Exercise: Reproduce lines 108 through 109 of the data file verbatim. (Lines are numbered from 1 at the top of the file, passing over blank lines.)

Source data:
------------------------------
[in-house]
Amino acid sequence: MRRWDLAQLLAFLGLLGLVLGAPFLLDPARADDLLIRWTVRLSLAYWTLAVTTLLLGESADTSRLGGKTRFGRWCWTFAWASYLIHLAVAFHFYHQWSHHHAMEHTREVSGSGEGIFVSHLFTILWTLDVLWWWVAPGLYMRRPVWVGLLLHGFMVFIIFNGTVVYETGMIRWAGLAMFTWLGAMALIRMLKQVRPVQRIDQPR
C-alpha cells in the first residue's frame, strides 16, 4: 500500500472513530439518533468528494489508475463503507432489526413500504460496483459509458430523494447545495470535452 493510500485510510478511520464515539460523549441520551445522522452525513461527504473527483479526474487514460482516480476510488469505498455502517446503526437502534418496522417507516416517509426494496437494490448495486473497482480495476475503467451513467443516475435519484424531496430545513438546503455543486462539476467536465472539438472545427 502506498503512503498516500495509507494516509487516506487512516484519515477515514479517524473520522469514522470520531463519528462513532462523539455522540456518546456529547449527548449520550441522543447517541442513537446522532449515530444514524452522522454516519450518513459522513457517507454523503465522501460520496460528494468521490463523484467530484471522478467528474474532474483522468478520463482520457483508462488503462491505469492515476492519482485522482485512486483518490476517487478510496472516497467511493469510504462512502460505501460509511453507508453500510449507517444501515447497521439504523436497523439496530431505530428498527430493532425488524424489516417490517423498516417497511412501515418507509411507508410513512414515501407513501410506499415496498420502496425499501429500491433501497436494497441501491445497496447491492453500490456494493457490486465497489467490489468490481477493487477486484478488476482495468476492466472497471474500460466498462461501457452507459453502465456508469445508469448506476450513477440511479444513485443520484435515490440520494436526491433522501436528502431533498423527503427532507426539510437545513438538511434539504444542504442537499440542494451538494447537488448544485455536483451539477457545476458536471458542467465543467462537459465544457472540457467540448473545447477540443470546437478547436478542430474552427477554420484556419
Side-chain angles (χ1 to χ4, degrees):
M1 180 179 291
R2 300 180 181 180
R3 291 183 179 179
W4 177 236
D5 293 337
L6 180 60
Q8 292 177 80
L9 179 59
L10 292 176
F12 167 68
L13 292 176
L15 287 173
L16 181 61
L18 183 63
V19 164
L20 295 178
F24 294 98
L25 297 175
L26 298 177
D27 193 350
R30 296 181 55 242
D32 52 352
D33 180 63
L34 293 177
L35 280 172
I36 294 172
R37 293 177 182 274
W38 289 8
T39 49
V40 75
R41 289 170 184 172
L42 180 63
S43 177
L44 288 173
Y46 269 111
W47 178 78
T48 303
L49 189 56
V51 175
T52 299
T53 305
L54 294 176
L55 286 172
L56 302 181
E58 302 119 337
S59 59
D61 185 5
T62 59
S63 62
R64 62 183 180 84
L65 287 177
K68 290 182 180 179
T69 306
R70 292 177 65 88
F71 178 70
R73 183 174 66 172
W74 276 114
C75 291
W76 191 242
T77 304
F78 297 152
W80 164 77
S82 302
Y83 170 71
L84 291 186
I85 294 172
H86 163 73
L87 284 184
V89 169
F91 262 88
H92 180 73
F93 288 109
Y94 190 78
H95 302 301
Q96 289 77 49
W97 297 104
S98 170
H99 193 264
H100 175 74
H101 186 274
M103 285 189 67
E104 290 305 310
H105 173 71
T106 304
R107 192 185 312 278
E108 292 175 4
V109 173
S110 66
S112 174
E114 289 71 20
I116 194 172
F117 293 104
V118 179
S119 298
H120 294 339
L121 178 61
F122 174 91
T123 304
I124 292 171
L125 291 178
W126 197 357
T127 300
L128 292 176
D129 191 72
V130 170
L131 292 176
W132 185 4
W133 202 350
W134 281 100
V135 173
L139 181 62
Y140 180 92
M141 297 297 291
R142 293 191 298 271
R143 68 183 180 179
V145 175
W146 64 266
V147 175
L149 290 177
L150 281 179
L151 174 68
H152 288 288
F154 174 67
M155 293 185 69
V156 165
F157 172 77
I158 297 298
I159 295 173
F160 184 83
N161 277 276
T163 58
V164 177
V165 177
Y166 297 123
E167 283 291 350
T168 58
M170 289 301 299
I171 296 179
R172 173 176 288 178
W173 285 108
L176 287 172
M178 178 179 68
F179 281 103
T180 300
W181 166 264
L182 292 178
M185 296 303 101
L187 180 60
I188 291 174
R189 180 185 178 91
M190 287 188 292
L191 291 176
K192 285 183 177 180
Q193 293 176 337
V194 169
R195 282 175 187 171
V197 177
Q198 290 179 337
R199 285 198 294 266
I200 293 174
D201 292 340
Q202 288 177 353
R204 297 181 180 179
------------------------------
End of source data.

D129 191 72
V130 170